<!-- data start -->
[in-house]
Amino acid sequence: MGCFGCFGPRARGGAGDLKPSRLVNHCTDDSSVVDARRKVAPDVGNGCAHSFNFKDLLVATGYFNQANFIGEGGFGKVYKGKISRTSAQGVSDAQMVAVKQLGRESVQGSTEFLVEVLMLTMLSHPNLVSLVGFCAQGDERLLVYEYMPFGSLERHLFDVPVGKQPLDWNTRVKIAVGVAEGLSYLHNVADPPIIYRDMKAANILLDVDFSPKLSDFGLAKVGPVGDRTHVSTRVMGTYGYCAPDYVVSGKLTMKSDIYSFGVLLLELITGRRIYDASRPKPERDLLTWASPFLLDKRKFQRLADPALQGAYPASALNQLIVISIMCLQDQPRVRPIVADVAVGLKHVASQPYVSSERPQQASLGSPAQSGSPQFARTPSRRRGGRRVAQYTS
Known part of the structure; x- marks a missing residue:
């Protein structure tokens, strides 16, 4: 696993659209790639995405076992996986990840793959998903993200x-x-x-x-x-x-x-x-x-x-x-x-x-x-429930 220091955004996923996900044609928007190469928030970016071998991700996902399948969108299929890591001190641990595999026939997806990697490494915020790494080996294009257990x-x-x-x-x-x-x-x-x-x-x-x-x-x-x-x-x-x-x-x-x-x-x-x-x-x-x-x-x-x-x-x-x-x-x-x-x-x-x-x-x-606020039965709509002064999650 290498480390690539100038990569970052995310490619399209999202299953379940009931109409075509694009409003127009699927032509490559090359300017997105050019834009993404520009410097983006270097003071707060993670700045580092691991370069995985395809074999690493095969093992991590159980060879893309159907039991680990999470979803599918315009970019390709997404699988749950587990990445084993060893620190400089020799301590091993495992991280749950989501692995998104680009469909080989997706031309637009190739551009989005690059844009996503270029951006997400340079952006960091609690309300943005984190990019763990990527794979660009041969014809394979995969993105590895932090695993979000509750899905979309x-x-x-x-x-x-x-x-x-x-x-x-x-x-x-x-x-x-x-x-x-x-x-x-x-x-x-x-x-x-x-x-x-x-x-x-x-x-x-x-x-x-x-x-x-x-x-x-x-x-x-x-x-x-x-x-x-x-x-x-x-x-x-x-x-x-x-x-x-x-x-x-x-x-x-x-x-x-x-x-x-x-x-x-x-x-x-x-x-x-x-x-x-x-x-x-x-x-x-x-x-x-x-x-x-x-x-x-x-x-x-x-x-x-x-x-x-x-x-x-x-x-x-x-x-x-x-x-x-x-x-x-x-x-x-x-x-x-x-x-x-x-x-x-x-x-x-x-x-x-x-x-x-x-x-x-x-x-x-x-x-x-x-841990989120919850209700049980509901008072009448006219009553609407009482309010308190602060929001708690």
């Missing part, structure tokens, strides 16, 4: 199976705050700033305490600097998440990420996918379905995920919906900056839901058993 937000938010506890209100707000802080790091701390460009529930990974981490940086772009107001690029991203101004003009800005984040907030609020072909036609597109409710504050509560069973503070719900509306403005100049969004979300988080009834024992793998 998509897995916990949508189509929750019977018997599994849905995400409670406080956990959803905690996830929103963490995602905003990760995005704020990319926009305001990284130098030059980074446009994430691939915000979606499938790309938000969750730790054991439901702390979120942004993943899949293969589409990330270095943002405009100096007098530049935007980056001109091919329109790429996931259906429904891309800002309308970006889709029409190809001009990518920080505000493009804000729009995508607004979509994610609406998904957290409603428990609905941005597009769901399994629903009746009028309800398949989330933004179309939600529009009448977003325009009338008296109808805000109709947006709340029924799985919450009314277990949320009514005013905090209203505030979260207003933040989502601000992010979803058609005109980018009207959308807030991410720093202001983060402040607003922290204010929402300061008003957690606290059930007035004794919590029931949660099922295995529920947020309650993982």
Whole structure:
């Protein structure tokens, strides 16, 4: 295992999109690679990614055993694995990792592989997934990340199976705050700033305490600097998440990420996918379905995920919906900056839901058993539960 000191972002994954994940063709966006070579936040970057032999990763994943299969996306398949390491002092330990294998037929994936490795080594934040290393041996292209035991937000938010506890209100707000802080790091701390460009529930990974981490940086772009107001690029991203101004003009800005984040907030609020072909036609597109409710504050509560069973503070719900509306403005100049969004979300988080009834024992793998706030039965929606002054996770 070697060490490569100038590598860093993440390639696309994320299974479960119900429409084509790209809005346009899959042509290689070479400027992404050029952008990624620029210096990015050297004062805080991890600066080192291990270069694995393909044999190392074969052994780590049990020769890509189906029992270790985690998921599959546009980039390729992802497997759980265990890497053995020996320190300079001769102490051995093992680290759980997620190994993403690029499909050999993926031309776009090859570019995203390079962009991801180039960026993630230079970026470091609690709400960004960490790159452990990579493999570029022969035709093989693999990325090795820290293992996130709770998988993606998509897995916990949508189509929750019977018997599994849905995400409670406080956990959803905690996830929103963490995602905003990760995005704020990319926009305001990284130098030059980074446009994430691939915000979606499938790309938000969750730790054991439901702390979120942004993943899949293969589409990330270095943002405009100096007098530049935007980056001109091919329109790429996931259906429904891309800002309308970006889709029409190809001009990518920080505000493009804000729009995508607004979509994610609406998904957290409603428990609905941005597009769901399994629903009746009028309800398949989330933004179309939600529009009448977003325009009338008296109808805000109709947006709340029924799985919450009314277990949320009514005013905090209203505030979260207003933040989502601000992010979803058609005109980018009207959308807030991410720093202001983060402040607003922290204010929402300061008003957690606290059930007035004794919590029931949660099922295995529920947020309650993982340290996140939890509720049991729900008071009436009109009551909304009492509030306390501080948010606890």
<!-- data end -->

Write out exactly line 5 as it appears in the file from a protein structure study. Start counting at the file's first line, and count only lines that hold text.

């Missing part, structure tokens, strides 16, 4: 199976705050700033305490600097998440990420996918379905995920919906900056839901058993 937000938010506890209100707000802080790091701390460009529930990974981490940086772009107001690029991203101004003009800005984040907030609020072909036609597109409710504050509560069973503070719900509306403005100049969004979300988080009834024992793998 998509897995916990949508189509929750019977018997599994849905995400409670406080956990959803905690996830929103963490995602905003990760995005704020990319926009305001990284130098030059980074446009994430691939915000979606499938790309938000969750730790054991439901702390979120942004993943899949293969589409990330270095943002405009100096007098530049935007980056001109091919329109790429996931259906429904891309800002309308970006889709029409190809001009990518920080505000493009804000729009995508607004979509994610609406998904957290409603428990609905941005597009769901399994629903009746009028309800398949989330933004179309939600529009009448977003325009009338008296109808805000109709947006709340029924799985919450009314277990949320009514005013905090209203505030979260207003933040989502601000992010979803058609005109980018009207959308807030991410720093202001983060402040607003922290204010929402300061008003957690606290059930007035004794919590029931949660099922295995529920947020309650993982």